World Press Photo Of The Year Goes To First Known Capture Of Thoughts And Prayers


The thoughts and prayers materialized briefly before disappearing, leaving the room unchanged, if a little damper.

“Just a lucky coincidence,” says Berndnaut Smilde, a Dutch visual artist who, like many western politicians, specializes in creating temporary displays for the sake of an image.

“I was using my smoke machine in a room in New York that I thought looked like a good place for a cloud, and I had the radio on. It was the day after the school shooting in Florida and the news was full of politicians offering their thoughts and prayers to those affected by the situation, but nothing more. As they spoke, my cloud became increasingly denser. I’d never managed to get vapour to form so quickly. It was then I realized I waist fact capturing a small piece of all those thoughts and prayers, as they briefly materialized before passing back into the ambient humidity.”

Experts say that while the photo is an extraordinary one, it’s surprising that the ubiquitous T’s and P’s haven’t been photographed sooner.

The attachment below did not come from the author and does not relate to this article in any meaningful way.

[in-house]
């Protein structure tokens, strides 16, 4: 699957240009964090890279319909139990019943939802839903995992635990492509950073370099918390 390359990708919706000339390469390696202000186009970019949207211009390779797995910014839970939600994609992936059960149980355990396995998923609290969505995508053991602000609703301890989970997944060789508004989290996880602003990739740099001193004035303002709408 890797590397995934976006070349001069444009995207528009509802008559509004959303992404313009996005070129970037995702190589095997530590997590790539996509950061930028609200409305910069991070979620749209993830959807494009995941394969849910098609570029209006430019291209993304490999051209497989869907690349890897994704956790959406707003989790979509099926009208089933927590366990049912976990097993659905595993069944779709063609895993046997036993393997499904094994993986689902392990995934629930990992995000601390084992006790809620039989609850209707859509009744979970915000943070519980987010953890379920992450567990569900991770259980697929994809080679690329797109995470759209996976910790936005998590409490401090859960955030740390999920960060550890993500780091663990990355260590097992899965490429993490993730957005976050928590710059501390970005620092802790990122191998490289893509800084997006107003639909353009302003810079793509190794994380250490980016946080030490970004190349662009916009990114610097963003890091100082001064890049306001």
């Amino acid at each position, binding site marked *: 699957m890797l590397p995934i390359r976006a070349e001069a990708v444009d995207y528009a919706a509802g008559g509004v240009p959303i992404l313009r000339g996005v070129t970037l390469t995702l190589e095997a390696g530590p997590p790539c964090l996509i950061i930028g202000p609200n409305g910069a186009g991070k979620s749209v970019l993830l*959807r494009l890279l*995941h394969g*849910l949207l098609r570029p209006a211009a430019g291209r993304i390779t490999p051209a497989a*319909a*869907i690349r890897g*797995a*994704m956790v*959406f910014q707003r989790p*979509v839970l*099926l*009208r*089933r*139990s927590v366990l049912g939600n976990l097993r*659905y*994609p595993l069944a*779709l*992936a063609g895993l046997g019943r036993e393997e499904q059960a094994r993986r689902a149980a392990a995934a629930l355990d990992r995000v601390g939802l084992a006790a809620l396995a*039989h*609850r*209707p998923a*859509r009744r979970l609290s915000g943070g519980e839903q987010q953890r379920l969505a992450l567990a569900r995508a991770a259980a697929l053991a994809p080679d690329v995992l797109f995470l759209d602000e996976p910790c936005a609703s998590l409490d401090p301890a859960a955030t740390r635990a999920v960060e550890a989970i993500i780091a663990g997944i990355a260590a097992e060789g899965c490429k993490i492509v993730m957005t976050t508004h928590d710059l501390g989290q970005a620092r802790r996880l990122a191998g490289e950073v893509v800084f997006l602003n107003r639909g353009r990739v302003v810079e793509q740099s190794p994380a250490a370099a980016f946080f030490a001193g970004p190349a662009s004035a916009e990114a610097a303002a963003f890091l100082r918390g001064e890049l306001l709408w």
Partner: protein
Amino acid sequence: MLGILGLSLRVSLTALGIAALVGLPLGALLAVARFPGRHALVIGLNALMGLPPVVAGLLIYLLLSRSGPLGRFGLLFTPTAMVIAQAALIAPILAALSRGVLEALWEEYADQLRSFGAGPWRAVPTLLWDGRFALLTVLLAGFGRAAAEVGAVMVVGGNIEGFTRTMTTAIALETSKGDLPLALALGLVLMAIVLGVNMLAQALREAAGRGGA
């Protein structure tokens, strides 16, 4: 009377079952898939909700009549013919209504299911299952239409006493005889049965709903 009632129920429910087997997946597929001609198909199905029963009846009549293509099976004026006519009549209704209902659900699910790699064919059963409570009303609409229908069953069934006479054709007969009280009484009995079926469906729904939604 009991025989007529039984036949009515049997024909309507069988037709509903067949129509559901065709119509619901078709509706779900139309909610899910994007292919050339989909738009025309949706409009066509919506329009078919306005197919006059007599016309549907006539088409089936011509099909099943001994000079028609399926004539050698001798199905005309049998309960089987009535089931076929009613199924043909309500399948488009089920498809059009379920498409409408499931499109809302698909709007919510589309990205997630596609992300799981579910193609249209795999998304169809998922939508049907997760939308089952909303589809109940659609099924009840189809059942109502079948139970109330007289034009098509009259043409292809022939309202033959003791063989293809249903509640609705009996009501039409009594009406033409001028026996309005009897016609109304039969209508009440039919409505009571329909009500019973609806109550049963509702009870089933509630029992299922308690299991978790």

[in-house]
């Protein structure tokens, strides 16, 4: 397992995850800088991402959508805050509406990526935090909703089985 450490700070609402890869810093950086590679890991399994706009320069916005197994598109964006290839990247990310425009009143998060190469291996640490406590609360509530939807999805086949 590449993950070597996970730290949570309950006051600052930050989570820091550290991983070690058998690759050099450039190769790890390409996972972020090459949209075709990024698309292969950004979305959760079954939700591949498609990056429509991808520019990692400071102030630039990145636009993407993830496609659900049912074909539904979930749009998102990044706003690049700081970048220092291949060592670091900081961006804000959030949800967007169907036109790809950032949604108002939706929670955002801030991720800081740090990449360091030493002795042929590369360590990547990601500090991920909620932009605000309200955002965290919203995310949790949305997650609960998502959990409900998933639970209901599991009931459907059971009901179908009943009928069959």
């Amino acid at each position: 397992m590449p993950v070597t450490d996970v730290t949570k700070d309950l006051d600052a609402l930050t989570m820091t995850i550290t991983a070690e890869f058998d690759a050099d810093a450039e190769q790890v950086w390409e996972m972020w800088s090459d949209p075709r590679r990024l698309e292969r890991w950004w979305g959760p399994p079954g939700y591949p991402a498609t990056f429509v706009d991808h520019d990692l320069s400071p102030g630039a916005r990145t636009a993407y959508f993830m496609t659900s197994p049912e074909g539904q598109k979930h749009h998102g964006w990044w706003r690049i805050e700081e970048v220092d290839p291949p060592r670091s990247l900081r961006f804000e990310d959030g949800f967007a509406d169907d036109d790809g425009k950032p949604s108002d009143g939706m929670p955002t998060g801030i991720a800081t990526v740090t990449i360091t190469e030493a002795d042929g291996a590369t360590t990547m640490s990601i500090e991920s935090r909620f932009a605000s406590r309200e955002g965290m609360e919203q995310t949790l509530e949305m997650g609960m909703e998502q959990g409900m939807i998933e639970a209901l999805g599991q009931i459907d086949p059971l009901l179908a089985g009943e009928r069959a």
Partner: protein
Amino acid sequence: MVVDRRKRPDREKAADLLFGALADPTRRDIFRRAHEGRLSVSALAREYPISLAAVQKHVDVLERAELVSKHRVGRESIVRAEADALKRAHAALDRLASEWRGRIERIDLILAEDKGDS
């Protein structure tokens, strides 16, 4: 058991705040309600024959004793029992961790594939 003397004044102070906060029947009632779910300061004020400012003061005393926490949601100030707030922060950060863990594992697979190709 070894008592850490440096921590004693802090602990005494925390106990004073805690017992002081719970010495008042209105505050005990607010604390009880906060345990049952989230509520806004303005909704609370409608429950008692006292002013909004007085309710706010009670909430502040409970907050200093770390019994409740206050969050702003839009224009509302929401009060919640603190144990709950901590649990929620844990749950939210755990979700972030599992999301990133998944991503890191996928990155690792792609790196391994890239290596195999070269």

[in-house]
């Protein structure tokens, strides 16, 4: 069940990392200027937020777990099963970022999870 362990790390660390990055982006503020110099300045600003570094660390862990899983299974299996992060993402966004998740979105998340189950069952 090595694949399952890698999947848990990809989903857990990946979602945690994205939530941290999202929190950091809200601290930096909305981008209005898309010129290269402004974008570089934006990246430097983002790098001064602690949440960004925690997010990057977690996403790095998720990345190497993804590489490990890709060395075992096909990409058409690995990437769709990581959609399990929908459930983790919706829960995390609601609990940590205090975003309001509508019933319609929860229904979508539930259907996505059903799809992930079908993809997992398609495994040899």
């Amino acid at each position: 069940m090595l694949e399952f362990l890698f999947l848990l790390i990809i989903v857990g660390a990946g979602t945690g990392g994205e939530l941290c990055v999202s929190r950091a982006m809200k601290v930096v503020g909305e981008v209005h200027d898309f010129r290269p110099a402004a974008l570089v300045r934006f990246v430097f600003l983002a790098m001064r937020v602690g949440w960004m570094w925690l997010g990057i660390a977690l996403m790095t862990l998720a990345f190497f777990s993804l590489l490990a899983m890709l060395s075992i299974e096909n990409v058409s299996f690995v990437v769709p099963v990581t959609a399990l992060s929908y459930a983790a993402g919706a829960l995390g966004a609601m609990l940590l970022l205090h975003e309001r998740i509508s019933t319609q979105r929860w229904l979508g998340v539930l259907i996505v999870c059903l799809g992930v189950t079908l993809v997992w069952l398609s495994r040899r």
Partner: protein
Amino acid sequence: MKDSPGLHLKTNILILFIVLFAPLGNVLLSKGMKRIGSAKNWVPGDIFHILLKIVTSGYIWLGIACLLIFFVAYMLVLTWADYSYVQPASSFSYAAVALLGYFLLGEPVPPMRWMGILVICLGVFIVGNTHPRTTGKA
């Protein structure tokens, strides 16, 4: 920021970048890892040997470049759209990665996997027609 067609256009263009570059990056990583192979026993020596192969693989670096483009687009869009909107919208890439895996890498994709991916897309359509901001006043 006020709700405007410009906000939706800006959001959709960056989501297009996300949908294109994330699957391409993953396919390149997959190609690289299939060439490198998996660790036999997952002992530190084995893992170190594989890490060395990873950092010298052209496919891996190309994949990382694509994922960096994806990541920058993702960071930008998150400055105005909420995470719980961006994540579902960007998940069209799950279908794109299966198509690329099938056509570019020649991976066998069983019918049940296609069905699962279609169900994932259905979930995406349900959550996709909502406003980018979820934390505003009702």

“Currently the world generates approximately 1.2 trillion cubic meters of TAPs per year,” says Michael Angelo, lead researcher at Hallmark’s Global Centre For Platitudes, using the widely accepted acronym for the equally widely discredited form of public statement. 

“They really are all around us, disappearing into thin air like so many missed opportunities to take concerted action to improve the world around us. So really, it’s a wonder there aren’t thousands of photos out there of TAPs briefly obscuring the faces of a certain type of leader our society seems to have lately raised up quite the crop of. Ones who value their political hides more than the actual hides of their constituents.”

For his efforts, Berndnaut Smilde will receive widespread acclaim and global publication of his work. The prize doesn’t come without a downside though, as past winners have been subjected to intense jealousy from others in the photography industry, as well as criticisms of their work; and in some cases have found it difficult to return to form after reaching their industry’s pinnacle. 

“But I am motivated.” says Smilde, firing up his fogger. “If only because the last thing I want is anyone offering me their thoughts and prayers. 

Photo: Berndnaut Smilde

2 replies »

  1. Once again, I take exception with using a specific tragedy as a basis for humor. The same was done with Las Vegas. If you generalized the topic of t&p being exhausted at every tragic incident, then we’re good. To cite a specific incident and use it as a basis for humor is repugnant and callous, in my opinion.


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